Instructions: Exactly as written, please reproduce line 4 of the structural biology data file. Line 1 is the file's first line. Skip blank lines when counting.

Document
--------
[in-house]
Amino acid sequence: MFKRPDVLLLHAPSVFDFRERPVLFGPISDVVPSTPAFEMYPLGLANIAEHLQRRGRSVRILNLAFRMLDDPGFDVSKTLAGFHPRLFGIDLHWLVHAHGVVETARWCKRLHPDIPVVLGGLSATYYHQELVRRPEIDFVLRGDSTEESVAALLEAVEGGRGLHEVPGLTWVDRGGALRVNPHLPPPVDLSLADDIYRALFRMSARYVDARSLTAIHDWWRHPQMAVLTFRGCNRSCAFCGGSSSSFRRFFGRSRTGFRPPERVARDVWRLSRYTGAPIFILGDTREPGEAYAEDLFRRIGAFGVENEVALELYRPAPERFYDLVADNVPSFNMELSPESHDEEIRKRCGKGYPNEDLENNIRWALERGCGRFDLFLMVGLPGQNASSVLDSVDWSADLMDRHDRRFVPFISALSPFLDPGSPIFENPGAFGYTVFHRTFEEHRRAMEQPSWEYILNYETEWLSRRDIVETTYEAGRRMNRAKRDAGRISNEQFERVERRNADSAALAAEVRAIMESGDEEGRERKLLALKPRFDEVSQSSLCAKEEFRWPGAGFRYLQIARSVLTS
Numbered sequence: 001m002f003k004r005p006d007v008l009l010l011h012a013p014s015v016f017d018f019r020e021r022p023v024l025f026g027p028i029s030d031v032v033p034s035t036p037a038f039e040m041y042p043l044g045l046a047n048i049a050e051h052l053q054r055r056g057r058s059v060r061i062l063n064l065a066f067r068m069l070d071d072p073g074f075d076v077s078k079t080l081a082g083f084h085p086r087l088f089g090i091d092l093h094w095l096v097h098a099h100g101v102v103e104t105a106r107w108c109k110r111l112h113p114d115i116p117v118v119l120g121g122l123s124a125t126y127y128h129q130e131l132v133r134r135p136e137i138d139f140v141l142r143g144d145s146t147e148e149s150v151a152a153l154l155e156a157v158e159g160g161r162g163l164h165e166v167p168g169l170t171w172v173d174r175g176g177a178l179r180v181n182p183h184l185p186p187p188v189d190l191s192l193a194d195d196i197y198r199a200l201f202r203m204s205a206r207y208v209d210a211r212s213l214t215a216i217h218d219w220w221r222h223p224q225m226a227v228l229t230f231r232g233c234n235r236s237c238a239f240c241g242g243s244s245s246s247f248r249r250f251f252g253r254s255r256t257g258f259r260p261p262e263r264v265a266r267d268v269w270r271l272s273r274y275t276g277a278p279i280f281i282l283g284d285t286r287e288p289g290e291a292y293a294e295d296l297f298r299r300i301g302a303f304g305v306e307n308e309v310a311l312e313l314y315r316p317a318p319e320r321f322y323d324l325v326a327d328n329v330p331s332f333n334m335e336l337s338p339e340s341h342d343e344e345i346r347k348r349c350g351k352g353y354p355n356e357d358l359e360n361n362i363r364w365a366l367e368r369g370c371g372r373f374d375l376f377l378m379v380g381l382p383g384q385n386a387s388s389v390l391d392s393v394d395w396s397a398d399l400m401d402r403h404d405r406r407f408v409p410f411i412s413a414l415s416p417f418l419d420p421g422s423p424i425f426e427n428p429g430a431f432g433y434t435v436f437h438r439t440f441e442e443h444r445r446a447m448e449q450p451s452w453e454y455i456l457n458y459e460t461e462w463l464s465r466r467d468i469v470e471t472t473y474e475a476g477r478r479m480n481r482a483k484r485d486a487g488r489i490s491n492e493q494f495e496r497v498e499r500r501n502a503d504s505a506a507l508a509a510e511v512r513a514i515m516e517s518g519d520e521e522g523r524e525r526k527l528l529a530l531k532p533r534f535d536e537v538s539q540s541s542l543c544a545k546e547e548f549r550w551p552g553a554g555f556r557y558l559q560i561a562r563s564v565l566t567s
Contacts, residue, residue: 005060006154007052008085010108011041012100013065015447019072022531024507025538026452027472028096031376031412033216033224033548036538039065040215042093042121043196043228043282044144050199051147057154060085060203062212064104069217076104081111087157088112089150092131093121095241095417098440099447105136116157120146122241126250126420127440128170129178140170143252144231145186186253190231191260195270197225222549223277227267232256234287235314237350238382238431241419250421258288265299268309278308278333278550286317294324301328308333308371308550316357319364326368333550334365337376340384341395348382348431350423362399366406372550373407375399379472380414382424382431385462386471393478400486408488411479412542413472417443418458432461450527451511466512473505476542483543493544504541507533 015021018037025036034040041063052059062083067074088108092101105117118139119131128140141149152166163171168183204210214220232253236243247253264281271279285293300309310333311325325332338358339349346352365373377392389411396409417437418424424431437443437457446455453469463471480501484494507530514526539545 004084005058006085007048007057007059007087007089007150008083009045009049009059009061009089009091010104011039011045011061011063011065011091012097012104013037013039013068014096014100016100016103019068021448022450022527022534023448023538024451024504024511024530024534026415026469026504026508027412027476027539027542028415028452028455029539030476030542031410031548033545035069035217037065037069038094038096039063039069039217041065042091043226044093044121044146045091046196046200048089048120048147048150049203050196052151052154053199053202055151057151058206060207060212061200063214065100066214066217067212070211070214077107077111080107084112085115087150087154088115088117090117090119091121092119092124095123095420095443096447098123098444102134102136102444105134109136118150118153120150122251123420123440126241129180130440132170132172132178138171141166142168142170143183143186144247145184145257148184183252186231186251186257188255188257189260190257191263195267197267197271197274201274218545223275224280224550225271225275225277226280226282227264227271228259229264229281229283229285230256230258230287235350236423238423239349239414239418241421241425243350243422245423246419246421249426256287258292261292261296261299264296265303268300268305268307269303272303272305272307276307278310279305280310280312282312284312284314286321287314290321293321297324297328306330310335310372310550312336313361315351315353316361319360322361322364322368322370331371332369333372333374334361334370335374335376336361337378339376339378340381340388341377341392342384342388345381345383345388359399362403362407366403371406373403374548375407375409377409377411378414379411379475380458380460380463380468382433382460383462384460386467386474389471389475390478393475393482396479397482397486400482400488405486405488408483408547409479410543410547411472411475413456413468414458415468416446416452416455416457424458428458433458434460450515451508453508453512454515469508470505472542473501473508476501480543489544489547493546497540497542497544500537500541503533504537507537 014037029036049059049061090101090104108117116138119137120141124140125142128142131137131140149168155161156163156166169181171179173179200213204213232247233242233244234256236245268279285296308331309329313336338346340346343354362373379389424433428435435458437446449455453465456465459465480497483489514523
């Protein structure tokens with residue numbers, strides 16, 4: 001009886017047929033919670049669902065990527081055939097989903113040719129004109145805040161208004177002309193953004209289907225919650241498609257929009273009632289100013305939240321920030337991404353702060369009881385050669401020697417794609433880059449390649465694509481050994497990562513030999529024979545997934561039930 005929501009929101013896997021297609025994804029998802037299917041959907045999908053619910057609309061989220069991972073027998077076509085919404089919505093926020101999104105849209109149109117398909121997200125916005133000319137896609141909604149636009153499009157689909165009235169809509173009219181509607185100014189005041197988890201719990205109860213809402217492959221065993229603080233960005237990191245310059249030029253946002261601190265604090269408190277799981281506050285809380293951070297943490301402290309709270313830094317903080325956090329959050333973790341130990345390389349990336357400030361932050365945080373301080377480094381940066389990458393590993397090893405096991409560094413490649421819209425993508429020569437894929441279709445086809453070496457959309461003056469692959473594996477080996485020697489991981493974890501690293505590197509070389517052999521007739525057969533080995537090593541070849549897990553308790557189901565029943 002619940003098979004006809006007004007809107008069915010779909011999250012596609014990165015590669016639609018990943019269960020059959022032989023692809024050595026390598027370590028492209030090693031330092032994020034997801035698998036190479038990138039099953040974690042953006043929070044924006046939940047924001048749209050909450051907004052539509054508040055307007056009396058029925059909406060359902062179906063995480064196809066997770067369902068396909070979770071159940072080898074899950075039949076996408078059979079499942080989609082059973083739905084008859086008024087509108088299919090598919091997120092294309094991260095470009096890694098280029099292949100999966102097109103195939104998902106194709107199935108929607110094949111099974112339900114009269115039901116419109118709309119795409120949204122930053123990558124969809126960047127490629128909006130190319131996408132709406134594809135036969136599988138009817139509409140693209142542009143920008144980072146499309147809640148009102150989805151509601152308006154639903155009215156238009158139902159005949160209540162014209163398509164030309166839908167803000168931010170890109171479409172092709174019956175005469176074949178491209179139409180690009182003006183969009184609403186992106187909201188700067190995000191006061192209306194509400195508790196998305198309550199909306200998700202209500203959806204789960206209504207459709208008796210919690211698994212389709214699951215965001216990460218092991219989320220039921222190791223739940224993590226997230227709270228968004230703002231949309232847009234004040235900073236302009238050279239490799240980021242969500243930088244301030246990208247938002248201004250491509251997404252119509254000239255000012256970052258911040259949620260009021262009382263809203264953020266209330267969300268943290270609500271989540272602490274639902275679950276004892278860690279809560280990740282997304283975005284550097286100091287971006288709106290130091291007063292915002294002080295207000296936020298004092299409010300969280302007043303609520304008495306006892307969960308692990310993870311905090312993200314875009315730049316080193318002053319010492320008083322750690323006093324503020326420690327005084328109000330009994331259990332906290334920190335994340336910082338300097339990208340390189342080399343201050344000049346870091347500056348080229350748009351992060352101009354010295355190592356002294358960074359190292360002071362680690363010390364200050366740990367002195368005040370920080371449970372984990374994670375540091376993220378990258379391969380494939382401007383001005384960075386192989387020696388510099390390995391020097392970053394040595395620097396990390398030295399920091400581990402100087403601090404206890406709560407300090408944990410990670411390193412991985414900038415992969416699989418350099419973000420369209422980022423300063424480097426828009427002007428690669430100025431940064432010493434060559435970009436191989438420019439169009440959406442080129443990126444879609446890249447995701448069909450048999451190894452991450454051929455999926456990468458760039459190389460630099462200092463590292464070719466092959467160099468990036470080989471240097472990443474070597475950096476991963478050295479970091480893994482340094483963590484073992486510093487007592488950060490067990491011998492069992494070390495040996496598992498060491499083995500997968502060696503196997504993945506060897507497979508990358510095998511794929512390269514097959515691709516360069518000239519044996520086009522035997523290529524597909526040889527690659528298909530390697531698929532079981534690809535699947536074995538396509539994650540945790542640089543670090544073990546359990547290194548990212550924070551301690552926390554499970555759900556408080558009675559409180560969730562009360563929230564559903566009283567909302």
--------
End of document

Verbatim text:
Contacts, residue, residue: 005060006154007052008085010108011041012100013065015447019072022531024507025538026452027472028096031376031412033216033224033548036538039065040215042093042121043196043228043282044144050199051147057154060085060203062212064104069217076104081111087157088112089150092131093121095241095417098440099447105136116157120146122241126250126420127440128170129178140170143252144231145186186253190231191260195270197225222549223277227267232256234287235314237350238382238431241419250421258288265299268309278308278333278550286317294324301328308333308371308550316357319364326368333550334365337376340384341395348382348431350423362399366406372550373407375399379472380414382424382431385462386471393478400486408488411479412542413472417443418458432461450527451511466512473505476542483543493544504541507533 015021018037025036034040041063052059062083067074088108092101105117118139119131128140141149152166163171168183204210214220232253236243247253264281271279285293300309310333311325325332338358339349346352365373377392389411396409417437418424424431437443437457446455453469463471480501484494507530514526539545 004084005058006085007048007057007059007087007089007150008083009045009049009059009061009089009091010104011039011045011061011063011065011091012097012104013037013039013068014096014100016100016103019068021448022450022527022534023448023538024451024504024511024530024534026415026469026504026508027412027476027539027542028415028452028455029539030476030542031410031548033545035069035217037065037069038094038096039063039069039217041065042091043226044093044121044146045091046196046200048089048120048147048150049203050196052151052154053199053202055151057151058206060207060212061200063214065100066214066217067212070211070214077107077111080107084112085115087150087154088115088117090117090119091121092119092124095123095420095443096447098123098444102134102136102444105134109136118150118153120150122251123420123440126241129180130440132170132172132178138171141166142168142170143183143186144247145184145257148184183252186231186251186257188255188257189260190257191263195267197267197271197274201274218545223275224280224550225271225275225277226280226282227264227271228259229264229281229283229285230256230258230287235350236423238423239349239414239418241421241425243350243422245423246419246421249426256287258292261292261296261299264296265303268300268305268307269303272303272305272307276307278310279305280310280312282312284312284314286321287314290321293321297324297328306330310335310372310550312336313361315351315353316361319360322361322364322368322370331371332369333372333374334361334370335374335376336361337378339376339378340381340388341377341392342384342388345381345383345388359399362403362407366403371406373403374548375407375409377409377411378414379411379475380458380460380463380468382433382460383462384460386467386474389471389475390478393475393482396479397482397486400482400488405486405488408483408547409479410543410547411472411475413456413468414458415468416446416452416455416457424458428458433458434460450515451508453508453512454515469508470505472542473501473508476501480543489544489547493546497540497542497544500537500541503533504537507537 014037029036049059049061090101090104108117116138119137120141124140125142128142131137131140149168155161156163156166169181171179173179200213204213232247233242233244234256236245268279285296308331309329313336338346340346343354362373379389424433428435435458437446449455453465456465459465480497483489514523